Good grades, extensive research experience, clinical exposure, superb references are not enough, good GRE’s are often an essential ingredient in making a competitive graduate school application. If you haven’t done well on standardized tests in the past, consider enrolling in the Stanley Kaplan or Princeton Review course.

It’s more than a little troubling isn’t it…psychologists who teach all about reliability and validity place so much weight in this course when there are so many “false negatives”! No! You shouldn’t have to take this type of course. But, if I were you, I would!

Students with higher scores are far more likely to obtain interviews, and if accepted, funding! When I taught at Carnegie Mellon, every year, this question came up in my summer course, “Research internship in Clinical Psychology”. Having spent anywhere between $60,000 to $250,000 for their education, students refuse to fork over the last $800 to take one of these courses. What we are talking about here is spending another 1-3% more on your college education in the name of making a competitive graduate school application.

If your record is exceptional with strong GRE scores, you may be able to gain admission into some of the very best schools in the country. However, if your GRE’s are low, you will be denied an interview at any school which uses cut-offs! To my way of thinking, not addressing this possible deficit in an application, is akin to shooting one’s self in the foot. Also, regarding the financial considerations, the higher your scores the more likely you are to successfully compete for fellowships. Your scores could make all of the difference. Thus, it could be a very cost-effective decision to take the course in the long-run.

If you do decide to take the course, it is important that you do it at a time when you can devote yourself fully to it. I would strongly discourage anyone from taking it during the semester. Seriously consider taking it in the summer or during a year off.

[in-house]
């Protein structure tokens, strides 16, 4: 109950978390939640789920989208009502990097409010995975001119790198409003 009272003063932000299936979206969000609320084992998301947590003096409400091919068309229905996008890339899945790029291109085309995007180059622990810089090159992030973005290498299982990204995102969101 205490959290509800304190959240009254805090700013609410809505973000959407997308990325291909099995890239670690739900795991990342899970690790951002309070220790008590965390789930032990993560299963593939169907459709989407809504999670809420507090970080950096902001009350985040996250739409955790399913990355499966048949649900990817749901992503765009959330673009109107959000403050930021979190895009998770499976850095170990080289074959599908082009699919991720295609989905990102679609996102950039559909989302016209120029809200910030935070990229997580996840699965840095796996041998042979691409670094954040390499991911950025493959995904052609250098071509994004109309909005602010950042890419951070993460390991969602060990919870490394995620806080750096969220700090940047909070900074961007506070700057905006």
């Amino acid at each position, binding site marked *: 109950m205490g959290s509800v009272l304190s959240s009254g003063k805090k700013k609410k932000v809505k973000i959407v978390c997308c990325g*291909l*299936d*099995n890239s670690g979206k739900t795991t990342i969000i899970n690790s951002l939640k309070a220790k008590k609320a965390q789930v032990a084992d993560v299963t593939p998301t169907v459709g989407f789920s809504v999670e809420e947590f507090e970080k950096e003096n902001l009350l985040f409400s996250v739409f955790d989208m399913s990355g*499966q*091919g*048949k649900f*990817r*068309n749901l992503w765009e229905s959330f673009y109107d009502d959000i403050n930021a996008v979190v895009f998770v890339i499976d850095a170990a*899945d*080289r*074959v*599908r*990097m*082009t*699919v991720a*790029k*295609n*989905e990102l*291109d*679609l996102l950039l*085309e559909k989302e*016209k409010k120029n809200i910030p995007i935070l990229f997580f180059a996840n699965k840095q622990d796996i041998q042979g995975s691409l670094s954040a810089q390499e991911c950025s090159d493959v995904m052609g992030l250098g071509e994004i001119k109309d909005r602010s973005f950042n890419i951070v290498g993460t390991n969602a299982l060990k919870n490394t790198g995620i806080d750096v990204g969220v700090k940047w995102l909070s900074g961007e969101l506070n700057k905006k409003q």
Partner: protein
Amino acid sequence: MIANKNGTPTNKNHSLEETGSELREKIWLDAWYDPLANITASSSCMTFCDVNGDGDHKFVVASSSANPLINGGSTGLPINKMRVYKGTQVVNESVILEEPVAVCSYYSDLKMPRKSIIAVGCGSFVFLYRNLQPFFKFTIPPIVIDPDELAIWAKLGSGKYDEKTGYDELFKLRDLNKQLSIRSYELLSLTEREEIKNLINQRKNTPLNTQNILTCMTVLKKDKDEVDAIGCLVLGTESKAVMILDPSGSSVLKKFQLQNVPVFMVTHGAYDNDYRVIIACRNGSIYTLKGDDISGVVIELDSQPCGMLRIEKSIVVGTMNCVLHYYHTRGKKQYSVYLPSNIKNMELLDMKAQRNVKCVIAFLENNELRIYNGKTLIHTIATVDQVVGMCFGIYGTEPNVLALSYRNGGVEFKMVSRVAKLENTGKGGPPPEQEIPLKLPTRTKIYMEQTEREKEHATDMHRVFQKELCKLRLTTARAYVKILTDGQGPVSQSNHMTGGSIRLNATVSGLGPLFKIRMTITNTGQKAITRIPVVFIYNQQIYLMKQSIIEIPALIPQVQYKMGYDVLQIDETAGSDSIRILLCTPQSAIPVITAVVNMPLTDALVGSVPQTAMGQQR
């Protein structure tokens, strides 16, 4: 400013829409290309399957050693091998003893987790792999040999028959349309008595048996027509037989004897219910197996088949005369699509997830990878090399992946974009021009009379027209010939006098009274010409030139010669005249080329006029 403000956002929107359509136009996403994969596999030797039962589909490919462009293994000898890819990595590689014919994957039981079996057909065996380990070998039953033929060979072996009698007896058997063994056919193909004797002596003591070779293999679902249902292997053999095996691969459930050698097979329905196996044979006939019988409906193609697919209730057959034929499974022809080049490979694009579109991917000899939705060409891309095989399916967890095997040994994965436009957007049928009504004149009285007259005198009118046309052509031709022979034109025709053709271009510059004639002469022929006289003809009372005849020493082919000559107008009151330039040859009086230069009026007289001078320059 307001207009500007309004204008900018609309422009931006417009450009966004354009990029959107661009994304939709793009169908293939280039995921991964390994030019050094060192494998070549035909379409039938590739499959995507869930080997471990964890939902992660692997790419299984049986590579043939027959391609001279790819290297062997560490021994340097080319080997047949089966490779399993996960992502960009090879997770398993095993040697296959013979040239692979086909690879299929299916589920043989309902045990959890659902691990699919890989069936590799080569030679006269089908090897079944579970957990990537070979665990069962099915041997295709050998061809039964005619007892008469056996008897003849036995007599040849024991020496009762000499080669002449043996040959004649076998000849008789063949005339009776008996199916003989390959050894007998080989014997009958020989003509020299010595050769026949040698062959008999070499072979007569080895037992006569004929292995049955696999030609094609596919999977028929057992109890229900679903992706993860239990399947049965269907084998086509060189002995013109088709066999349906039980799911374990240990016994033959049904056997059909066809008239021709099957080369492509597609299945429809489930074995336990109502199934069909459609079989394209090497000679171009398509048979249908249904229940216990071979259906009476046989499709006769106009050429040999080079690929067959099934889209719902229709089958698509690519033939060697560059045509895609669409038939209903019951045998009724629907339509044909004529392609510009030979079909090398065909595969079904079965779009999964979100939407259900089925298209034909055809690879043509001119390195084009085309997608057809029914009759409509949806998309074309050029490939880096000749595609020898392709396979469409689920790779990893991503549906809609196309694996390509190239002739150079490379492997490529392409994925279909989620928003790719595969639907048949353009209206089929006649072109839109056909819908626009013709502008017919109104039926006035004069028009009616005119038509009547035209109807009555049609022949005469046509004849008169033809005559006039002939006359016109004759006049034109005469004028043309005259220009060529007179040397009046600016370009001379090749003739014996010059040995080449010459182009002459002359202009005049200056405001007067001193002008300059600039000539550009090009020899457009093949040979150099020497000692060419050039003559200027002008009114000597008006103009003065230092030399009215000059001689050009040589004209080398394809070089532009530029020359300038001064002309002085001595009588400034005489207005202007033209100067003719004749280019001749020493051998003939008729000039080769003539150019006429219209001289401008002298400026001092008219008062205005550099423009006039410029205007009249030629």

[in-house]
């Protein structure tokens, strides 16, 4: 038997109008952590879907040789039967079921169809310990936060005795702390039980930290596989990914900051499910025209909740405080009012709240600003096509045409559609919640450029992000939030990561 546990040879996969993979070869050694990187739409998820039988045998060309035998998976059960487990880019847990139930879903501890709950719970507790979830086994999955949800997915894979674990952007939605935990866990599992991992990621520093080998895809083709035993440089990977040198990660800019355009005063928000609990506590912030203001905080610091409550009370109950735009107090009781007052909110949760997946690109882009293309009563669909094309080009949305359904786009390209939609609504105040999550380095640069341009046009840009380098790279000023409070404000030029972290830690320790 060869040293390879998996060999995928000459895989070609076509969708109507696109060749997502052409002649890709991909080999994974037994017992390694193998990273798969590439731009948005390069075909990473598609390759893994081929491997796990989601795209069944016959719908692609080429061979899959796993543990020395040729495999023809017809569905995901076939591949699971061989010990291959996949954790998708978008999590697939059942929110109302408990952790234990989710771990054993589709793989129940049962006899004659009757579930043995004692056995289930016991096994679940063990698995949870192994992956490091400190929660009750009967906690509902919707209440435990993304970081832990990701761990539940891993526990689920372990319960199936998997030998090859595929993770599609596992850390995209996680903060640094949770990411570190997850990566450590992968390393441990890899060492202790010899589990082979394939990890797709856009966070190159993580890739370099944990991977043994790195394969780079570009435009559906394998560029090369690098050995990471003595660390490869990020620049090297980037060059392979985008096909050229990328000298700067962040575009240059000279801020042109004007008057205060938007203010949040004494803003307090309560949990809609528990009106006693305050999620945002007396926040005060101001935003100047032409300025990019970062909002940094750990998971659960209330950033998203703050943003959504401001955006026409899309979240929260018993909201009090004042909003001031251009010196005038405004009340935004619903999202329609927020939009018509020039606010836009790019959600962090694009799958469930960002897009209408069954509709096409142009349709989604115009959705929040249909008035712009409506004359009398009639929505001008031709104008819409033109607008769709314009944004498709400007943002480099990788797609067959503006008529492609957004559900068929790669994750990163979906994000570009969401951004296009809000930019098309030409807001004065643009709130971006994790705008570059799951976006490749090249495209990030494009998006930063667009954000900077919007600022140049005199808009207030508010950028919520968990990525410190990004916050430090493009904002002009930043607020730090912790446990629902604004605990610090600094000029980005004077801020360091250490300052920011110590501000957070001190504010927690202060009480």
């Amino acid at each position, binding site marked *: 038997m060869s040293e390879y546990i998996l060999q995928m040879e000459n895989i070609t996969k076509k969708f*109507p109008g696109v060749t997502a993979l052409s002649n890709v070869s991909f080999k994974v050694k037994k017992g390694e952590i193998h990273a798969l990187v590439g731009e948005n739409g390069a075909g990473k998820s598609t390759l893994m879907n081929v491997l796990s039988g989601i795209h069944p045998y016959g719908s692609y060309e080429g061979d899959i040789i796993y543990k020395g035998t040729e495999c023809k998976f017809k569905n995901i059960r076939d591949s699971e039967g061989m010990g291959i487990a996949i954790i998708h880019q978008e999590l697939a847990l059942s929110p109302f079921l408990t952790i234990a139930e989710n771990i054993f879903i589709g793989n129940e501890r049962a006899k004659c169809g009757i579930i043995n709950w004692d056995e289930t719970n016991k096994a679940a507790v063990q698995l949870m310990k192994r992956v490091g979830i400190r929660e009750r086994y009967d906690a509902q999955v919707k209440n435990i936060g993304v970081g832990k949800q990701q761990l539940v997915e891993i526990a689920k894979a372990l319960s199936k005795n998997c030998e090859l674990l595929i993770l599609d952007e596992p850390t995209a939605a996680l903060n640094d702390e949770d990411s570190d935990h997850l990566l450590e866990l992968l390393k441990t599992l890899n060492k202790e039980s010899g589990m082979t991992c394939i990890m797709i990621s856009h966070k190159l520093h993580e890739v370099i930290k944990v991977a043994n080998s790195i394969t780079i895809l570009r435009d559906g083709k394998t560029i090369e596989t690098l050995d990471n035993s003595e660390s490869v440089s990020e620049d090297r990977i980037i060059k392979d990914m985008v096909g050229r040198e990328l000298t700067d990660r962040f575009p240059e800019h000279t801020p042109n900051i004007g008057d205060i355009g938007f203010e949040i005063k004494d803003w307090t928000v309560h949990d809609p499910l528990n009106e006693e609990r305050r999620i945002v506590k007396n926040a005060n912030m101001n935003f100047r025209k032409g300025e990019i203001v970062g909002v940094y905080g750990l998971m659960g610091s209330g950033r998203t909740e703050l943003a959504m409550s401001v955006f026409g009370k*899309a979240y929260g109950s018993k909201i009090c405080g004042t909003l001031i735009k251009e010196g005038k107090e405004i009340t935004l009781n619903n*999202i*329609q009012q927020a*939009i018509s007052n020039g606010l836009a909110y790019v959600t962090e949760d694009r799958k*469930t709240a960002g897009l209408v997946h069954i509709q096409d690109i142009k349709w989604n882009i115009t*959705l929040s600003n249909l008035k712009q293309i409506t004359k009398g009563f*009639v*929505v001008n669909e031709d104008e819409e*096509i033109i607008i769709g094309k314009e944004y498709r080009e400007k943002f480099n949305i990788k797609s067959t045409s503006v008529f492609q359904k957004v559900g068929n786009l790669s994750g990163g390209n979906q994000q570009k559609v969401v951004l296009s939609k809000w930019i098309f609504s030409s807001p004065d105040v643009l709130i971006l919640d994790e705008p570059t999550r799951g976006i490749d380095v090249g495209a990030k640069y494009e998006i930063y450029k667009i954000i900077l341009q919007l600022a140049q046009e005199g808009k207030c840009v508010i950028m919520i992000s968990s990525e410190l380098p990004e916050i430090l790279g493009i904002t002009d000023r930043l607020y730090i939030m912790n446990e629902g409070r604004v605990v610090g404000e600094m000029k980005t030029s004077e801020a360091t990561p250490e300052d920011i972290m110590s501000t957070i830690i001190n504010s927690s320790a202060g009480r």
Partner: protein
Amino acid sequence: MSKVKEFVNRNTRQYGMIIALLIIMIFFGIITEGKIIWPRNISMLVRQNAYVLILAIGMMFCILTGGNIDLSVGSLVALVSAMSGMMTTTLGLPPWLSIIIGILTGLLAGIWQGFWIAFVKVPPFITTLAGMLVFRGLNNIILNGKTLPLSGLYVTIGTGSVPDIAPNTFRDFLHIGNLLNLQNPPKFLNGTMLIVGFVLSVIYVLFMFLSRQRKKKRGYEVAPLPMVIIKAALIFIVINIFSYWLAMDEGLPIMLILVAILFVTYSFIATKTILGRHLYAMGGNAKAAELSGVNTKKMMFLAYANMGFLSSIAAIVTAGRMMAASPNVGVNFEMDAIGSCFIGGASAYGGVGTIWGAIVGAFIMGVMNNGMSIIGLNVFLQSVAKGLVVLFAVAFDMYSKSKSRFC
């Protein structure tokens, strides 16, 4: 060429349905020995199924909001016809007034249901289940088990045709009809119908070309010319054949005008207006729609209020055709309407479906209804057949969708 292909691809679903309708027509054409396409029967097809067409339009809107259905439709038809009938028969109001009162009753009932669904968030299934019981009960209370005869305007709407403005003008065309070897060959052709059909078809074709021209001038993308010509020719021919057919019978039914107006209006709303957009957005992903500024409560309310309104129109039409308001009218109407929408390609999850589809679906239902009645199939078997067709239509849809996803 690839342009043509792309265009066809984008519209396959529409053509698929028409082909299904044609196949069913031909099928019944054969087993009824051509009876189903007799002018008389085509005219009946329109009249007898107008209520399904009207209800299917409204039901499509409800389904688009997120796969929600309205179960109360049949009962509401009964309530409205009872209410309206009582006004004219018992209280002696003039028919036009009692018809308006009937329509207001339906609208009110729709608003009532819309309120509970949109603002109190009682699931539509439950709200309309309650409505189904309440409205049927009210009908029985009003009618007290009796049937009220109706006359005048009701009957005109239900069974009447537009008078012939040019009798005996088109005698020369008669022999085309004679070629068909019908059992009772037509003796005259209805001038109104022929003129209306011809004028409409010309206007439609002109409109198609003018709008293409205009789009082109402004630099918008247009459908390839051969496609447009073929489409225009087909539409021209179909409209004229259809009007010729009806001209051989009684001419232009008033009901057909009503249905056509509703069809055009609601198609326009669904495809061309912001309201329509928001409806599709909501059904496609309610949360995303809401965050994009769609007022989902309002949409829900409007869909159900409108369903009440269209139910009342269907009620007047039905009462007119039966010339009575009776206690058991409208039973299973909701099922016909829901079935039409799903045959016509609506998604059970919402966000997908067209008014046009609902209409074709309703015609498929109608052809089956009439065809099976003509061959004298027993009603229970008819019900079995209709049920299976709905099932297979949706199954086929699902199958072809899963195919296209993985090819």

While I am on this important topic, I should mention that if you do score badly, there are ways around this. I have written a column on this important topic. If you do not score well, do not give up hope. There are things that you can do to obtain admission to graduate school. Also, when you become a faculty member, please fight to have the ludicrous amount of weight given to these scores changed.

Lynn Friedman, Ph.D. (c) 2015

This material is copyrighted. However, Psychology Departments, Psi Chi Chapters, Psychology Clubs and University and College Career Centers may republish this column, free-of-charge, as long the column is reprinted in its entirety and without alteration. Also, along with this column, copyright information and the following byline must be attached: Dr. Lynn Friedman is a clinical psychologist, psychoanalyst and executive coach in Chevy Chase, Maryland. She is on the associate faculty at Johns Hopkins University. Web site: She can be reached at: (301) 656-9650.

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